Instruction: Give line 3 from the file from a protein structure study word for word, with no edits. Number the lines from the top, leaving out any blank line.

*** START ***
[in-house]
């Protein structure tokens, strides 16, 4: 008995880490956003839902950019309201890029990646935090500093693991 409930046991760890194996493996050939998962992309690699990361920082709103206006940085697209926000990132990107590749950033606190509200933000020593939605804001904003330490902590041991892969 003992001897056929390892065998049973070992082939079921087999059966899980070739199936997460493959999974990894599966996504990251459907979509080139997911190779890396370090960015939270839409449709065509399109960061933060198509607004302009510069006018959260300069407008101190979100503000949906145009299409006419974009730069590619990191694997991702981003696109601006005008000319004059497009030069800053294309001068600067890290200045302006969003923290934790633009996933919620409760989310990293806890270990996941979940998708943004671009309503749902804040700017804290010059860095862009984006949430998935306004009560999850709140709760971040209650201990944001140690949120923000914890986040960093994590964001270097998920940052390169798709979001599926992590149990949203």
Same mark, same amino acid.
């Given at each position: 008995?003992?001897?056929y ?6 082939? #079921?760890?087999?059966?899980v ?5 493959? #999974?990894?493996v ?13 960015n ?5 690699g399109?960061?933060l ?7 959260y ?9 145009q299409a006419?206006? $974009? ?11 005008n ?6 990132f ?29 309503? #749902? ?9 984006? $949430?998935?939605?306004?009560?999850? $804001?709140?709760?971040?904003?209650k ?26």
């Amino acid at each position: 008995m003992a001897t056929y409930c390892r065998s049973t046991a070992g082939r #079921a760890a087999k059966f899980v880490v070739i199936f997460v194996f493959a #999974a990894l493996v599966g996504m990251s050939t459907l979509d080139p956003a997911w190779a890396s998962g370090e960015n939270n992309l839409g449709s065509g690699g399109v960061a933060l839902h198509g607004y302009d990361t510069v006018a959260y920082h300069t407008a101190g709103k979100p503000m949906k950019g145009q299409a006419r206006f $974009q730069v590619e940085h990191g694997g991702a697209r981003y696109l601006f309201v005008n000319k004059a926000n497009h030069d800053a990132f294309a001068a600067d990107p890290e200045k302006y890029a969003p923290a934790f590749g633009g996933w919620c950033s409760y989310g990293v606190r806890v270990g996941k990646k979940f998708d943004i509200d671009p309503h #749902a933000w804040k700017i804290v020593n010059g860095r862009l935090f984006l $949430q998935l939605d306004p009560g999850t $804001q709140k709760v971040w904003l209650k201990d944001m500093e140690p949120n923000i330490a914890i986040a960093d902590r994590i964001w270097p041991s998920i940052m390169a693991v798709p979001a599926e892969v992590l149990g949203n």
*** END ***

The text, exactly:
Same mark, same amino acid.